An issue of infringement raises two fundamental questions: (1) what is patented--this requires interpretation of the scope and meaning of the claim language; and (2) whether the patent, so interpreted, is infringed--whether what is claimed has been made, used or sold by another. Fromson v. Advance Offset Plate, Inc., 720 F.2d 1565, 1569, 219 USPQ 1137, 1140 (Fed. Cir. 1983). Cabot argues that the district court erred in construing "having a sufficiently high concentration of organic plasticizer" to mean "externally plasticized polymer ... added to the polymer after it has been formed...."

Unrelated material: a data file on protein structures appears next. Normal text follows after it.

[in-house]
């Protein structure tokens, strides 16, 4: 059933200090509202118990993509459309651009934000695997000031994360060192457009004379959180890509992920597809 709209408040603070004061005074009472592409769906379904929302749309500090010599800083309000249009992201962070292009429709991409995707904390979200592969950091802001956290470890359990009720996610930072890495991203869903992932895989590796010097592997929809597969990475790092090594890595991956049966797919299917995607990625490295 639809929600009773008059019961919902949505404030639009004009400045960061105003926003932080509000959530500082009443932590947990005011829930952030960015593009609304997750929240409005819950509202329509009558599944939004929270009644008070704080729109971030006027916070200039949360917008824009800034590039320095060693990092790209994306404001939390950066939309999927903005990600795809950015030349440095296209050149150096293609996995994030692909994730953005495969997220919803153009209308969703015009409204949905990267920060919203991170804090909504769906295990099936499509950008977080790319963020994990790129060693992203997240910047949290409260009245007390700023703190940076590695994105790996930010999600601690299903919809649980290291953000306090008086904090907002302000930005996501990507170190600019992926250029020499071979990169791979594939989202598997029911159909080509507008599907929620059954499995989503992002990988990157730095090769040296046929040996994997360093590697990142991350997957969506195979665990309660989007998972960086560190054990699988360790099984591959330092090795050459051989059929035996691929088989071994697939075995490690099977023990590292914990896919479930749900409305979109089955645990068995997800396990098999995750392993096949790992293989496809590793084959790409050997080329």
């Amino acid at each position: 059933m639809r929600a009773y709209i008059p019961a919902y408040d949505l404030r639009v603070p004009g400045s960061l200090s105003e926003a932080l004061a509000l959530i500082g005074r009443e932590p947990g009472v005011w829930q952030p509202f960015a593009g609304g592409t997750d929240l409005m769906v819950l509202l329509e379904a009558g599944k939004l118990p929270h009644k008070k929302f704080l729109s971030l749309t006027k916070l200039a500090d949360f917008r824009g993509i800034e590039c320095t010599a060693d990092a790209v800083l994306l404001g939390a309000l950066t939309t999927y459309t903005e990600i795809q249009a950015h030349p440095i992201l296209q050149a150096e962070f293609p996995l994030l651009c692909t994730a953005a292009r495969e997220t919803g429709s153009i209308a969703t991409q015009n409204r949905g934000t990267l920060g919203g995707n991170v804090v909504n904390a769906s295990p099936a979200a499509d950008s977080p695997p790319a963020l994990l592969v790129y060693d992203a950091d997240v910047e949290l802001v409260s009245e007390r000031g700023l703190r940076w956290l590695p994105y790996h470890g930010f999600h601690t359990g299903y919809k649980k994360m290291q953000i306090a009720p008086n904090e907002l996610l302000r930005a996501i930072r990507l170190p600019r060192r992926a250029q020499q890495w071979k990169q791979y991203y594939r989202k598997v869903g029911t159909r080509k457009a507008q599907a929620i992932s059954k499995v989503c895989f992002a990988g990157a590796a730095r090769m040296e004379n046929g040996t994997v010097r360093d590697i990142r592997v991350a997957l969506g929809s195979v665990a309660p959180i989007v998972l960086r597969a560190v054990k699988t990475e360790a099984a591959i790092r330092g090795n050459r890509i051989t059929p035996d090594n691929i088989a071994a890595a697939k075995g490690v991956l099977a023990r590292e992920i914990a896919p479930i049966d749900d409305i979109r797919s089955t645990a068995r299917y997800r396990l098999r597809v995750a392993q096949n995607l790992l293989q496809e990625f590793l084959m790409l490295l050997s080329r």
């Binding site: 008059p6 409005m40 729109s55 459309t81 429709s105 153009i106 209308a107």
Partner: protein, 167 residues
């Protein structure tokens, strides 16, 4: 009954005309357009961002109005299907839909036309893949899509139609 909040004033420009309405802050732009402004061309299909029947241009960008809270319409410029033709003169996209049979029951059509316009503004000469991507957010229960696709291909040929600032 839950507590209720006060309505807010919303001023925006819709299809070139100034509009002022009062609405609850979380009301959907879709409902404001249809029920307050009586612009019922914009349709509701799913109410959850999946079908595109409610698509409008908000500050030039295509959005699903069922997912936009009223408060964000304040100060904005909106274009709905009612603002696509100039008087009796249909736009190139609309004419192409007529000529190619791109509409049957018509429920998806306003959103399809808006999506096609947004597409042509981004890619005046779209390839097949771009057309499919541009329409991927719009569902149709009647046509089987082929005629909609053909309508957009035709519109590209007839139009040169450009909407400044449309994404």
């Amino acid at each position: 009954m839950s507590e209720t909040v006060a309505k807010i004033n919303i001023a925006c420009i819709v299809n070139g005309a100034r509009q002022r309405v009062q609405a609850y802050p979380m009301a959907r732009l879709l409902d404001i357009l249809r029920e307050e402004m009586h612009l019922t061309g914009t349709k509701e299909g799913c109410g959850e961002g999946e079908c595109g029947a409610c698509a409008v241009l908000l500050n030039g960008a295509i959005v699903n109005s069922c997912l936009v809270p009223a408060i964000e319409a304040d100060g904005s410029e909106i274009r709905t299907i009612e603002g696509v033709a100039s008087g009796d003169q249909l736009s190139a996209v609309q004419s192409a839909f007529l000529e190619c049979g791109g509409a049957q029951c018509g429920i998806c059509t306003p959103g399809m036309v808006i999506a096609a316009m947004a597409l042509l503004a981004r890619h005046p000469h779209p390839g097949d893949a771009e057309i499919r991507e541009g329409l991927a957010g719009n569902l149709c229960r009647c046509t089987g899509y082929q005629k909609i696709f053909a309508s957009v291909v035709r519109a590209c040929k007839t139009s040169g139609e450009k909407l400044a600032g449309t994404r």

Scope of "plasticizer" in the '487 patent: Claim interpretation is a matter of law. Id.; Loctite Corp. v. Ultraseal, Ltd., 781 F.2d 861, 866, 228 USPQ 90, 93 (Fed. Cir. 1985). In reviewing the interpretation of the meaning of claims, the reviewing court need not defer to the district court either under a "clearly erroneous" standard or otherwise. Id.3 "To ascertain the true meaning of disputed claim language, resort should be made to the claims at issue, the specification, and the prosecution history.... Moreover, claims should be construed as they would be by those skilled in the art." Id. at 867 (citations omitted). Likewise, a review of other claims in the same patent can aid in deciding the scope of a particular claim. Fromson, 720 F.2d at 1570. See also McGill, Inc. v. John Zink Co., 736 F.2d 666, 673-75, 221 USPQ 944, 948-951 (Fed. Cir.), cert. denied, 469 U.S. 1037, 105 S. Ct. 514, 83 L. Ed. 2d 404 (1984); Fromson, 720 F.2d at 1569-71, 219 USPQ at 1140-42.